Long before anyone ever thought of rebranding Jerusalem, the archetype for its user-friendly, family-atmosphere cultural image existed in the home of an ophthalmologist and his cousin/wife from Austro-Hungary - a building purchased from a 19th century Arab dignitary.
Dr. Avraham Albert Ticho arrived in Jerusalem in 1912, an emissary of a German Zionist organization, sent here to establish a clinic. His cousin Anna who had been studying art since the age of 15 soon followed him, and the two were married. She began painting seriously while the two were stationed in Damascus during WW I, and several years after their return to Jerusalem, they purchased the house, which had been one of the first to be built outside the Old City Walls.
The clinic operated until the doctor's death in 1960, and the home became a central venue for Jerusalem's social and cultural milieu. Israel prize winner Anna continued painting until her own death in 1980, and her paintings are internationally acclaimed and found in museums around the world. Upon her death, she bequeathed the house and its collections to the people of Jerusalem - a public center of the arts that is administered by the Israel Museum.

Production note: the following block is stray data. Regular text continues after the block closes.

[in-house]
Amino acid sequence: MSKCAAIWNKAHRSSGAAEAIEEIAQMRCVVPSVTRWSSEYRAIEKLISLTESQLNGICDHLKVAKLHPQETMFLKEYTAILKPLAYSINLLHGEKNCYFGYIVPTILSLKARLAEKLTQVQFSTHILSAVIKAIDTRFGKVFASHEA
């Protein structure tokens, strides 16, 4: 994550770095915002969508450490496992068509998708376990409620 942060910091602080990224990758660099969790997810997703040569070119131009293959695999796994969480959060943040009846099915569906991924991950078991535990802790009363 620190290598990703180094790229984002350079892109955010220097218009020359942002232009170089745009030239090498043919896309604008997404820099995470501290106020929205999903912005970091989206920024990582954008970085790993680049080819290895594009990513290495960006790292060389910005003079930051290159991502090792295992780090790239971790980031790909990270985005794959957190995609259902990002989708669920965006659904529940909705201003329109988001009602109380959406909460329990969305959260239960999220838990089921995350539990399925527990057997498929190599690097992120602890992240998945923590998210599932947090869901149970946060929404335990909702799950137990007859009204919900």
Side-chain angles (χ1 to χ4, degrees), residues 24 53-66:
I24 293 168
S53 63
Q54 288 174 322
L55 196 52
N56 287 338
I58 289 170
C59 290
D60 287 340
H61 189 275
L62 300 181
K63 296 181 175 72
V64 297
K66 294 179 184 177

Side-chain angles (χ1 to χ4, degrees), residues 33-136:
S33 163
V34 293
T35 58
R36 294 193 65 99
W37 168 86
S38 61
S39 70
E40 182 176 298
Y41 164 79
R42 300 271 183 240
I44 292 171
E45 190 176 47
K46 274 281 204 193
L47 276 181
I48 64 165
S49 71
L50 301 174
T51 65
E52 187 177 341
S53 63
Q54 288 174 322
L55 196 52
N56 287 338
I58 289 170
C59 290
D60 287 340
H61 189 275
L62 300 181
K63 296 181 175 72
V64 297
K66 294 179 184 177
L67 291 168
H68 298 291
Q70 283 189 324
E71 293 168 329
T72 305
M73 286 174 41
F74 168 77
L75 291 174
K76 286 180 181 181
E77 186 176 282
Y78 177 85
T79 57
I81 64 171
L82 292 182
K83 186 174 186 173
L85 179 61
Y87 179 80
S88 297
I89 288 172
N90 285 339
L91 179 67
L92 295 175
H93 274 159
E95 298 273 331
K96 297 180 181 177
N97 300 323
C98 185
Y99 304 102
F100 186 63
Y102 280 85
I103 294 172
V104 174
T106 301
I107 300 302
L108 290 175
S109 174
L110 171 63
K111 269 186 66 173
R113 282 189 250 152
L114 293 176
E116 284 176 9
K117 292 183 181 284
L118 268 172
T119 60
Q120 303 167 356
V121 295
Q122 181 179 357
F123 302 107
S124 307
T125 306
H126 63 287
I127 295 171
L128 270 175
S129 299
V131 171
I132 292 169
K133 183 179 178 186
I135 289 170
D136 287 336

Besides the collection of works by Anna Ticho and Dr. Ticho's Hanukkah lamps, the garden restaurant has become a favorite venue for Friday morning concerts and other cultural happenings.
7 Harav Kook Street
The article is courtesy of the Jerusalem Tourism Authority